That’s right — the man who brought us George Clooney is the same man responsible for ushering in a new era of journalistic integrity and understanding — as long as you get a ticket before they sell out.
Get ready to re-visit the days when Elvis reigned as the supreme ruler of the American music and pop culture scene at “Elvis!” The exhibit, opening March 12 (in celebration of what would have been The King’s 75th year), features stage costumes, professional/personal mementos, and archives from the Graceland collection in Memphis.
“In many ways, Elvis embodied free expression in America,” said Ken Paulson, president of the Newseum. “We’re delighted to join with our colleagues at Graceland to tell his story through photos, videos and news coverage spanning more than two decades.”
Mark those calendars now so you don’t forget later! All music lovers are bound to enjoy this gem of Rock ‘N Roll history.
“Elvis!” will be on display at the Newseum through Feb. 14, 2011.
Earlier today the Newseum hosted a by-invitation-only panel that brought together an eclectic array of powerhouses. On the stage was opening speaker Dulé Hill (who referred to his former role on West Wing), moderator Tom Brokaw (who led a smooth discussion and even pitched a few jokes along the way), and panelists from columnist Kathleen Parker, Chancellor Michelle Rhee and Newark Mayor Cory Booker to Representative Anh “Joseph” Cao and rocker/budding philanthropist Jon Bon Jovi, to name a few. Ah, the beauty of living in DC.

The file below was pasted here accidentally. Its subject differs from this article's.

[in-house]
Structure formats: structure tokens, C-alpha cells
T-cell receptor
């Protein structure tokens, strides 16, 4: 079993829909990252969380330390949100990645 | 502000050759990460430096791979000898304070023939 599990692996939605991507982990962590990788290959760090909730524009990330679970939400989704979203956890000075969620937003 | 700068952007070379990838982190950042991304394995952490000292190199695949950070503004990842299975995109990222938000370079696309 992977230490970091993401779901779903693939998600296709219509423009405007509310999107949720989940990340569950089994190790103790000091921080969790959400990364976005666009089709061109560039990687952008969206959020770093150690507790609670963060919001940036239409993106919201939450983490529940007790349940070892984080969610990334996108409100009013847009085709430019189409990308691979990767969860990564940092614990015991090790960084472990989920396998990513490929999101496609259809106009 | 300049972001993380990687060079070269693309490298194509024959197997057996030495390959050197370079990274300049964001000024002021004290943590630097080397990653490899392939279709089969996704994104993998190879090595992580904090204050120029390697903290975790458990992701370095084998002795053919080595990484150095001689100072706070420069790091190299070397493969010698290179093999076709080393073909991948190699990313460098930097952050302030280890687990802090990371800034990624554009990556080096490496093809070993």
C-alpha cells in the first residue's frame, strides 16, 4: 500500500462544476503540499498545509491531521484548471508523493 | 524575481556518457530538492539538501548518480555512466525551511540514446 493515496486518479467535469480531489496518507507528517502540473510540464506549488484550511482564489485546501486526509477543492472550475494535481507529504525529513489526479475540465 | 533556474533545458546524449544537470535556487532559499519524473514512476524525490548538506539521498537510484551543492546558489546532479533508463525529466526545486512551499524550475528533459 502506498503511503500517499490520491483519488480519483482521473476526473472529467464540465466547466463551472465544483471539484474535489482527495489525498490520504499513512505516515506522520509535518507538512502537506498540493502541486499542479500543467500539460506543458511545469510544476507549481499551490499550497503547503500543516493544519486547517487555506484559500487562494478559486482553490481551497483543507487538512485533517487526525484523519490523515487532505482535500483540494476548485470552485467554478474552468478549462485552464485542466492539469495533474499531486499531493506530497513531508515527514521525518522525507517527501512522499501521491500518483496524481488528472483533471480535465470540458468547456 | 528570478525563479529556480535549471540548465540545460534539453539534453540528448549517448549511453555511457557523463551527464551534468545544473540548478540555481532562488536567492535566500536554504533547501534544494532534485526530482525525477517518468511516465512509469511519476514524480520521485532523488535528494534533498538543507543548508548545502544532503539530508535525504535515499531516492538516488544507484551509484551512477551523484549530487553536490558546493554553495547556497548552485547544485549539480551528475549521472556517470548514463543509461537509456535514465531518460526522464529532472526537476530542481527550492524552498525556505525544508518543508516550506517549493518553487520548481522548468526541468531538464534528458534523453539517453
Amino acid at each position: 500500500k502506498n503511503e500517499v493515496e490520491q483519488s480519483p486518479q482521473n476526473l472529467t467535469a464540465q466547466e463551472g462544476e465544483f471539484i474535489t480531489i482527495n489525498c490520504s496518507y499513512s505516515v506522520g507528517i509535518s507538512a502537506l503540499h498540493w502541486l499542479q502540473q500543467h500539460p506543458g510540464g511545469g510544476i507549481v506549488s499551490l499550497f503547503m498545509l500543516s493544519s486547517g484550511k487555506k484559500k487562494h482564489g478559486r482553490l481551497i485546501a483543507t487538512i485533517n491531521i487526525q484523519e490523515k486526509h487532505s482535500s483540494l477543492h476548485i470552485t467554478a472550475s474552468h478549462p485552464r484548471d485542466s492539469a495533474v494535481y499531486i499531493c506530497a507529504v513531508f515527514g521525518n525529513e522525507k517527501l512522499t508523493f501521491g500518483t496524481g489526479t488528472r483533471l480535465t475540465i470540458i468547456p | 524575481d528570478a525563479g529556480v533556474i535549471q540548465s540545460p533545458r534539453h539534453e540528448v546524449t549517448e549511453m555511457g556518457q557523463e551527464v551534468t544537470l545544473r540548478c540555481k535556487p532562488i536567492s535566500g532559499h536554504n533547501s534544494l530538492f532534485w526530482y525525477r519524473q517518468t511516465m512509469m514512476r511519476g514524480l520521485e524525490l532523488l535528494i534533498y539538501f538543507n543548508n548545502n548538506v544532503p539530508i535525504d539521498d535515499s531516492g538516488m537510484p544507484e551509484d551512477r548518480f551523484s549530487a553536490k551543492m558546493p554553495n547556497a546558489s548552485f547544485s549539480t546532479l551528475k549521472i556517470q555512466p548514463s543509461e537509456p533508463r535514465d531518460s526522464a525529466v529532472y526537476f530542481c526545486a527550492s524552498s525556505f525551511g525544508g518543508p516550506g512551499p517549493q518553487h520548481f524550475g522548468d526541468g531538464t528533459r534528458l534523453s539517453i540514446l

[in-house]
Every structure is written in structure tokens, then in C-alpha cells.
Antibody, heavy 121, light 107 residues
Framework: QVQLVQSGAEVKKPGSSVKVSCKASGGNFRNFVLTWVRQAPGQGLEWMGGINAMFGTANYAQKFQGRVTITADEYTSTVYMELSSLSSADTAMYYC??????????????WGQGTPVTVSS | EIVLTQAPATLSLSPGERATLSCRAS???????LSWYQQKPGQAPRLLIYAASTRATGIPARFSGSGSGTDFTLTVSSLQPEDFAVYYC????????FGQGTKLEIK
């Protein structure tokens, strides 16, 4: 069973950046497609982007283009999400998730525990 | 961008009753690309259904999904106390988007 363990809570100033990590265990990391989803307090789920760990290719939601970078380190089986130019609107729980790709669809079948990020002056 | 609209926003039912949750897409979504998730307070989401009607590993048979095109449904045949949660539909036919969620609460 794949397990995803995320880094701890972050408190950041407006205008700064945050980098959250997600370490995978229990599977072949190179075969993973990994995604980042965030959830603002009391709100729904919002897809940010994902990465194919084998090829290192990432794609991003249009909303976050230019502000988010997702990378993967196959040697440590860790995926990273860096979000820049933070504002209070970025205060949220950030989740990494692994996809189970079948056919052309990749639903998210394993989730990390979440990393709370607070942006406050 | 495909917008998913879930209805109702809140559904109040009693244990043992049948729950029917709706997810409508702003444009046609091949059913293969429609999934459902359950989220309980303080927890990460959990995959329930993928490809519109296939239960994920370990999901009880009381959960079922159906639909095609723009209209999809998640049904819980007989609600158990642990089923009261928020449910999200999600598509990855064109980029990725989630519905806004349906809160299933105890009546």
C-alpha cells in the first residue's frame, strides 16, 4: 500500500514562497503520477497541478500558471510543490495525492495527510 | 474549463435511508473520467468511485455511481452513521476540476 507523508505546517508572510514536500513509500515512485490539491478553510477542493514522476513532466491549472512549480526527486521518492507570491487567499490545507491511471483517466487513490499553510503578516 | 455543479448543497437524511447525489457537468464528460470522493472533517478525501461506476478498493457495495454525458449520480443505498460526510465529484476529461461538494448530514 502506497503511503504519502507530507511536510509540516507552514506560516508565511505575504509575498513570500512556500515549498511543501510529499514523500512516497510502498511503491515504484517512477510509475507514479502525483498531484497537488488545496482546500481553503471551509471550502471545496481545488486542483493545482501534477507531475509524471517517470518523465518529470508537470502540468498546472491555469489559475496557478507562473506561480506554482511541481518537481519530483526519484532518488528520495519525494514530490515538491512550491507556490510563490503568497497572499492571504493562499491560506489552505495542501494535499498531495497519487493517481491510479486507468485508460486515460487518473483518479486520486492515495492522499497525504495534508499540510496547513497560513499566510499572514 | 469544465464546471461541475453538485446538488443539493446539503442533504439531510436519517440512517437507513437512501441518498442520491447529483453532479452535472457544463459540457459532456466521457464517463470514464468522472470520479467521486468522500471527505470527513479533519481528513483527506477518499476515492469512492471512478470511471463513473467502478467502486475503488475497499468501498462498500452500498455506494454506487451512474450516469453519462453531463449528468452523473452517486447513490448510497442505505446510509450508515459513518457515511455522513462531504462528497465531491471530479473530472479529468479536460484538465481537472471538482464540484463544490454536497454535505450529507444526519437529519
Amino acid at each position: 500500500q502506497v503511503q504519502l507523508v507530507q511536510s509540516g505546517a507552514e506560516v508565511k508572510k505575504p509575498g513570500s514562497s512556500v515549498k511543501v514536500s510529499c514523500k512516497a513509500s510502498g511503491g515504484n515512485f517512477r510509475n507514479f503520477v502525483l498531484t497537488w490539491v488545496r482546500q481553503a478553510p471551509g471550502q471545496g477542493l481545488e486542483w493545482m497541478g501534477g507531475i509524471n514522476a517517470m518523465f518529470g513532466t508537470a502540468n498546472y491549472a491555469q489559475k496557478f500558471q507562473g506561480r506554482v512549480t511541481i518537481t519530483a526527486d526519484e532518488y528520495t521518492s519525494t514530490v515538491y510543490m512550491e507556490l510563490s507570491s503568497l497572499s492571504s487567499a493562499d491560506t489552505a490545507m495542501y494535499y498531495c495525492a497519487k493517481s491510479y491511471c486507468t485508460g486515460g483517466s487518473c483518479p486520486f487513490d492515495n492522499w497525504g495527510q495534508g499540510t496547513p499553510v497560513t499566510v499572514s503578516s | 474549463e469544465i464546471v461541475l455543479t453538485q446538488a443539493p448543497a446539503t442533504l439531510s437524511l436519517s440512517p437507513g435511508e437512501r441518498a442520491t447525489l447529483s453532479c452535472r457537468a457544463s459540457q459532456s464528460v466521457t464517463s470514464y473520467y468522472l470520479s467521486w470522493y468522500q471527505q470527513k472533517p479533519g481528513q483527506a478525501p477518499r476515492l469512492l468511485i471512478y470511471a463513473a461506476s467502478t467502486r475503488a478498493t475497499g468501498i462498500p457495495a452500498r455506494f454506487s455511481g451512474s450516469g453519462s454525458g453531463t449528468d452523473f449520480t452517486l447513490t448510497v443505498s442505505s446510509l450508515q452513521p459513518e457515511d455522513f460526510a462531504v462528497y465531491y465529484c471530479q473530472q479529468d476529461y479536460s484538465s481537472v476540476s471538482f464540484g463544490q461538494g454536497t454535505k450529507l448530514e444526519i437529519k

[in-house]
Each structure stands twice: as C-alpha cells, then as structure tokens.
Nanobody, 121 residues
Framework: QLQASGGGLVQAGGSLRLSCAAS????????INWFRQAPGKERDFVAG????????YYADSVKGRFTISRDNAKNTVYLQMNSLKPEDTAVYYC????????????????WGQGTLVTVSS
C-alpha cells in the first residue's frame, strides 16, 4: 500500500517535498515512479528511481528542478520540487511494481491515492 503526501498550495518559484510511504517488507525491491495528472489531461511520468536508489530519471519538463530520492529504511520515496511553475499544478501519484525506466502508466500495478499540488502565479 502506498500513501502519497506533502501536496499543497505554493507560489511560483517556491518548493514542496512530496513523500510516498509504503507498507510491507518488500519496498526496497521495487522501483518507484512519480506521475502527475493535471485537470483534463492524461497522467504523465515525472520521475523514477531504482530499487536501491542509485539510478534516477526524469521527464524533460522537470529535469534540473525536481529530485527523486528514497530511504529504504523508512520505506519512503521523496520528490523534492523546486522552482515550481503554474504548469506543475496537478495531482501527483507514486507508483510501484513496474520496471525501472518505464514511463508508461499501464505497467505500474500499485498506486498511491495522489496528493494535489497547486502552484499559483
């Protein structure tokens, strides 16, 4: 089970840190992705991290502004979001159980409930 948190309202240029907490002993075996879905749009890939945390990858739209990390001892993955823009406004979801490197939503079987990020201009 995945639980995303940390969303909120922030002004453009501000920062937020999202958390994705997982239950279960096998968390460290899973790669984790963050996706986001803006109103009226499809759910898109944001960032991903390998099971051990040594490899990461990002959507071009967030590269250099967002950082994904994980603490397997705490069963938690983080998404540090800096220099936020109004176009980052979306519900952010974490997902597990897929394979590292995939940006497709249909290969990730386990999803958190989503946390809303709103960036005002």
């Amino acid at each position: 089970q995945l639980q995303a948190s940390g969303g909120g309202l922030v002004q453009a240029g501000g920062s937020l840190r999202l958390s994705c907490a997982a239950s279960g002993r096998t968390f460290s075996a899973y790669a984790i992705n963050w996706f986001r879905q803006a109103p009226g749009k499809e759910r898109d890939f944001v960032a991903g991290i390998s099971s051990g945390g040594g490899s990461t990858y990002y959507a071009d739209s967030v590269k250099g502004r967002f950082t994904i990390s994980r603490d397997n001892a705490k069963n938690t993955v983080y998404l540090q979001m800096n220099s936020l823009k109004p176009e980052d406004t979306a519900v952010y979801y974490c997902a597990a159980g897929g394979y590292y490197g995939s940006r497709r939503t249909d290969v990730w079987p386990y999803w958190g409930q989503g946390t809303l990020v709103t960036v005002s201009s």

The event, billed as “Characters Unite: National Town Hall,” was inspired by the USA network’s initiative—an attempt to battle prejudice and promote tolerance—as well as Brokaw’s upcoming documentary American Character Along Highway 50. The show premieres January 18 and, based on the preview they screened today, I for one plan to tune in. (Brokaw traveled to small towns like Hillsboro, Ohio, and Grand Junction, Colorado, to interview residents about their daily challenges living in America; the result looks fascinating!)